04/25/2010 12:00AM

Pletcher adjusts, Eskendereya waits

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Barbara D. Livingston
Mission Impazible (right) works in company with his Todd Pletcher-trained stablemate Rule on Saturday morning at Churchill Downs.

LOUISVILLE, Ky. - Rain on Saturday morning at Churchill Downs forced trainer Todd Pletcher to adjust some of the final training for his prospective starters for next Saturday's 136th Kentucky Derby, but he won't mind at all if it pays off, and those April showers bring May flowers.

Pletcher is seeking his first Derby win after nine tries, totaling 24 runners, and he could have a record number of horses in this year's Run for the Roses. Pletcher, who co-owns the record of five horses in a single Derby, still has seven horses under consideration for this year's race, and while it is unlikely all seven would run, six is not out of the question, and five seems almost certain.

There are several questions that need to be answered before entry time on Wednesday, though, most notably whether Pletcher decides to run the filly Devil May Care against the boys, and the condition of the Derby favorite, Eskendereya.

Eskendereya had a workout planned for Saturday postponed because of wet weather, and while Eskendereya did have a routine gallop, there is at least circumstantial evidence that Pletcher is trying to nurse Eskendereya through some issues. After training hours on Saturday, every horse at Pletcher's barn who was walking the shed row had their training bandages removed except for Eskendereya. This follows a postponed final prep, from the Florida Derby to the Wood Memorial two weeks later, and the addition of front bandages for the Wood Memorial.

"The last two races," Pletcher said, referring to runaway victories by Eskendereya in the Wood and Fountain of Youth Stakes, "he has separated himself from everyone. There's still a long ways to go. We're keeping our fingers crossed all the time."

John Velazquez is the regular jockey for Eskendereya. If Devil May Care runs in the Derby along with Eskendereya, the filly would need a new rider. But if for some reason Eskendereya were to come out, Velazquez would be free to ride her in the Derby. There is also the chance Devil May Care remains with her brethren and runs in the Kentucky Oaks on Friday, Eskendereya runs Saturday, and everyone lives happily ever after.

Pletcher said he would talk on Monday with John Greathouse, whose Glencrest Farm owns Devil May Care, to decide which race in which to run. Oaks entries are taken on Tuesday, Derby entries on Wednesday, and Pletcher said there is the possibility Devil May Care could be entered in both races, which is perfectly legal.

Both races are expected to have oversubscribed fields. The Oaks is limited to 14 runners, the Derby 20, with both fields determined by earnings in graded stakes races if more than the maximum enter.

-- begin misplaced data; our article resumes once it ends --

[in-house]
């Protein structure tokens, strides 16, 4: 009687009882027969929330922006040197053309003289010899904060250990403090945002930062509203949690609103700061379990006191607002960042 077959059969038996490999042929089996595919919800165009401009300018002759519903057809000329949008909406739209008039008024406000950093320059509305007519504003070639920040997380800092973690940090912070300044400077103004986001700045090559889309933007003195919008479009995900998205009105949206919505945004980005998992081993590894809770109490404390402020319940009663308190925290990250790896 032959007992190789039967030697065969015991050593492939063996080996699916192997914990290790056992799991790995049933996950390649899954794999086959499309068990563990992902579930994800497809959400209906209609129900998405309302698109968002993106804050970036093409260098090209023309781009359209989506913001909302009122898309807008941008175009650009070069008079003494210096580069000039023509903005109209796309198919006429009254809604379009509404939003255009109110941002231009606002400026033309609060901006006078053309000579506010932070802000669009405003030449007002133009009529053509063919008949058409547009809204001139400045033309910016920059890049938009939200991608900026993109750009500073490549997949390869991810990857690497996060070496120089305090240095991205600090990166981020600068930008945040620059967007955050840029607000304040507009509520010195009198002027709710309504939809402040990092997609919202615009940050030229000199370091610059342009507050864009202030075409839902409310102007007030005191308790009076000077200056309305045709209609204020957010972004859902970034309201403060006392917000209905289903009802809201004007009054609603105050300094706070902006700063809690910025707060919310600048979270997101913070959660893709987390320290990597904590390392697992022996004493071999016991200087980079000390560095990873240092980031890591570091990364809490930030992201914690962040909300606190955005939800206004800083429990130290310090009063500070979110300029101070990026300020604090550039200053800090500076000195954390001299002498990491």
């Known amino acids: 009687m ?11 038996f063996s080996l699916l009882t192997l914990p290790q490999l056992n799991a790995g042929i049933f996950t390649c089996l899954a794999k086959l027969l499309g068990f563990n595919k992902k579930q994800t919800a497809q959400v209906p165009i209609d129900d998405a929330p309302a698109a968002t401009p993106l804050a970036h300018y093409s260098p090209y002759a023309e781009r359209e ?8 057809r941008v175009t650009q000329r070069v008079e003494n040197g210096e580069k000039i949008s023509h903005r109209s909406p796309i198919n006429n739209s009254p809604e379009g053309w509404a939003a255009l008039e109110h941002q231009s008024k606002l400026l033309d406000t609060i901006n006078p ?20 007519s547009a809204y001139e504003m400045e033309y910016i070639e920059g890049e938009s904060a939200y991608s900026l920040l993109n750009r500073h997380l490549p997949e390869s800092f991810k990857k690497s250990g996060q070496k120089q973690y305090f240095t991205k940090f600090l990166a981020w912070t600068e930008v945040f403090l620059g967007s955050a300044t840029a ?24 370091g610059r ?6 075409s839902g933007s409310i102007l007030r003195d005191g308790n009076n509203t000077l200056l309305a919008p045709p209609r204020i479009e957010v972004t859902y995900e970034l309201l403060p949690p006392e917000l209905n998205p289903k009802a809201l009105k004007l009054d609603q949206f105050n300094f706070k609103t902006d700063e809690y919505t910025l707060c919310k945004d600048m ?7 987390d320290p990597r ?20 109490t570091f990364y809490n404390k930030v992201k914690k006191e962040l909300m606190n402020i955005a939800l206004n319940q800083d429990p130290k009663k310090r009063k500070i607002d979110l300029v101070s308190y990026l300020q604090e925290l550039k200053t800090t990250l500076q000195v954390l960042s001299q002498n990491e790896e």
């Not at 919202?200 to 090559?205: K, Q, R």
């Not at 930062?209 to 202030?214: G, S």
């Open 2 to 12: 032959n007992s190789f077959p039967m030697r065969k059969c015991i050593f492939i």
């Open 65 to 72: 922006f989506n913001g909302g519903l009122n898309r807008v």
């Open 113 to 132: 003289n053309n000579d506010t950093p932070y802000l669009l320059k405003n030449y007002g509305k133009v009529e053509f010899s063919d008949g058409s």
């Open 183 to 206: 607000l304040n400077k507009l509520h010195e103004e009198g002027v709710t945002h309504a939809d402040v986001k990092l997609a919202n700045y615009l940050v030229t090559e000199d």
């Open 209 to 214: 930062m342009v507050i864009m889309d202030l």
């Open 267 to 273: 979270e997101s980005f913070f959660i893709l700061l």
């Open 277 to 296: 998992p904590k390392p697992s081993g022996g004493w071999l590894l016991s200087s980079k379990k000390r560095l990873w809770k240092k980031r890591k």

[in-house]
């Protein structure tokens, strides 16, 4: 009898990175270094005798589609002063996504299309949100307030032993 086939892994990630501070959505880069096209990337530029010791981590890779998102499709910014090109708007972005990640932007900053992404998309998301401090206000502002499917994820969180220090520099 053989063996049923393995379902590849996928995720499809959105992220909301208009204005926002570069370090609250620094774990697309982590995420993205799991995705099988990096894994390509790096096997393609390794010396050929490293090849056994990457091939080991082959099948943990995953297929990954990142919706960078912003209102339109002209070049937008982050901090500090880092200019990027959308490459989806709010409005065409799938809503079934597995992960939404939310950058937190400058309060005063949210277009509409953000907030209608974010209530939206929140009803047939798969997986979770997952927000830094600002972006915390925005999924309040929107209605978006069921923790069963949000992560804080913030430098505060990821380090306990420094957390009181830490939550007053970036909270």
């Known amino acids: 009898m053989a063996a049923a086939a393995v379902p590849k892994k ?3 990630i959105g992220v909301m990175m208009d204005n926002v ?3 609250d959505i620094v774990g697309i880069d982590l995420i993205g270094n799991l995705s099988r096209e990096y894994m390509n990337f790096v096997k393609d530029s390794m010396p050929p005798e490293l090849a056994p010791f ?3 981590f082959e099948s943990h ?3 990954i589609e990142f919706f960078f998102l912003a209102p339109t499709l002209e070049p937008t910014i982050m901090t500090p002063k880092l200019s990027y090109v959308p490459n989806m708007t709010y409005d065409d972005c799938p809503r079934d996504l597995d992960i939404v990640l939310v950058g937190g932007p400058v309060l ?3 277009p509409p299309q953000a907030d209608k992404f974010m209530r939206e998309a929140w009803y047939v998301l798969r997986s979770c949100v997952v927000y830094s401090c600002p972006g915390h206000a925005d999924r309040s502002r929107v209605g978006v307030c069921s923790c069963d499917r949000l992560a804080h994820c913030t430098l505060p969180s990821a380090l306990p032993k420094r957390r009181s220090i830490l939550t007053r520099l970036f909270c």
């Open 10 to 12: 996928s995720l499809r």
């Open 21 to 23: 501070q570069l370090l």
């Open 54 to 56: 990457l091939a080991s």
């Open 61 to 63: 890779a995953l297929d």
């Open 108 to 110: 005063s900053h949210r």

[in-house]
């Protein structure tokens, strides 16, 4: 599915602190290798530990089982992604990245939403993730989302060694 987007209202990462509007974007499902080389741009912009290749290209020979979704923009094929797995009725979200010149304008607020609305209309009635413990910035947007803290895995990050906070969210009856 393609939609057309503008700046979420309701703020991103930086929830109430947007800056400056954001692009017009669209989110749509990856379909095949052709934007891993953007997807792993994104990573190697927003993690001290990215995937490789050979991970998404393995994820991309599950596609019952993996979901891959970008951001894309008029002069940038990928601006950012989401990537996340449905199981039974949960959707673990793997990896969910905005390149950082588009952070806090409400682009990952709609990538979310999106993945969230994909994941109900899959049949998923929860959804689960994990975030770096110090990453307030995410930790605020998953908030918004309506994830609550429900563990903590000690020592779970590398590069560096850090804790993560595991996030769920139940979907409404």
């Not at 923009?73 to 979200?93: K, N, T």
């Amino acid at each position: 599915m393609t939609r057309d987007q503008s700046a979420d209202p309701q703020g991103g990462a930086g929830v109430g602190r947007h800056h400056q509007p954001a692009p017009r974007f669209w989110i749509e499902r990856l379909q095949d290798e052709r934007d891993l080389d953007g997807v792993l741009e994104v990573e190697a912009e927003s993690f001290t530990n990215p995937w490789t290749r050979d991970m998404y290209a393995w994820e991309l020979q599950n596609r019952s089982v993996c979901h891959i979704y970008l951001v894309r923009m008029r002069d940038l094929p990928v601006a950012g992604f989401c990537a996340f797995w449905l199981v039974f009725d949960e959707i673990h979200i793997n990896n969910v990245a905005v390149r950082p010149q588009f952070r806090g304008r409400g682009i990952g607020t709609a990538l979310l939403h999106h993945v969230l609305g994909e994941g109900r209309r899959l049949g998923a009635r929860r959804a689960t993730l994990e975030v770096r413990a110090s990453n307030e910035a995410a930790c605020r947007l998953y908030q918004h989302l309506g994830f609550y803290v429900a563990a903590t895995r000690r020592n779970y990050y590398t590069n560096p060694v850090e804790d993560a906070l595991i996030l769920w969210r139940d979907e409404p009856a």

"We want to be respectful of anyone's chances of getting into the races, but we're obligated to do the best for our filly," Pletcher said. "If we get post 20 for the Derby, and 6 for the Oaks, that might sway us."

In addition to Devil May Care and Eskendereya, Pletcher's Derby prospects include Discreetly Mine, Interactif, Mission Impazible, Rule, and Super Saver. Interactif - whom Pletcher has called "doubtful" for the Derby - and Eskendereya merely galloped on Saturday morning, while the other five all worked, with Devil May Care posting the most eye-catching move, five furlongs in 1:00.10 on the sloppy track with exercise rider Patti Barry.

"She did it effortlessly," Pletcher said.

Mission Impazible and Rule worked five furlongs in tandem, with Mission Impazible appearing to go the better of the two. Super Saver worked a half-mile, and Discreetly Mine went five furlongs.

Pletcher said he felt comfortable putting off Eskendereya's work because he's a big horse, so working him closer to the Derby is not as critical from a recovery standpoint as with a smaller, lighter horse. "And I don't know that he loves a wet track," Pletcher said.

A steady rain fell early Saturday morning, leaving the track sloppy. All the workers waited to go until after the mid-morning renovation break.

Sidney's Candy was the first horse to work, and he zipped six furlongs in 1:11.44 under his regular jockey, Joe Talamo. It was a new experience for a horse who has made his previous starts on synthetic surfaces, and whose previous work here was on a dry dirt track.

"He'd never been on an off track," said John Sadler, the trainer of Sidney's Candy. "I crossed my fingers when he went out there."

Sidney's Candy has a quarter crack patch on the inside of his right front hoof, but Sadler said the patch is several months old.

The wet weather did impact Backtalk, whose graded earnings currently leave him just outside the prospective Derby field. His trainer, Tom Amoss, elected to send Backtalk to Keeneland late Saturday in order to work on the all-weather Polytrack surface on Sunday morning.

- additional reporting by Byron King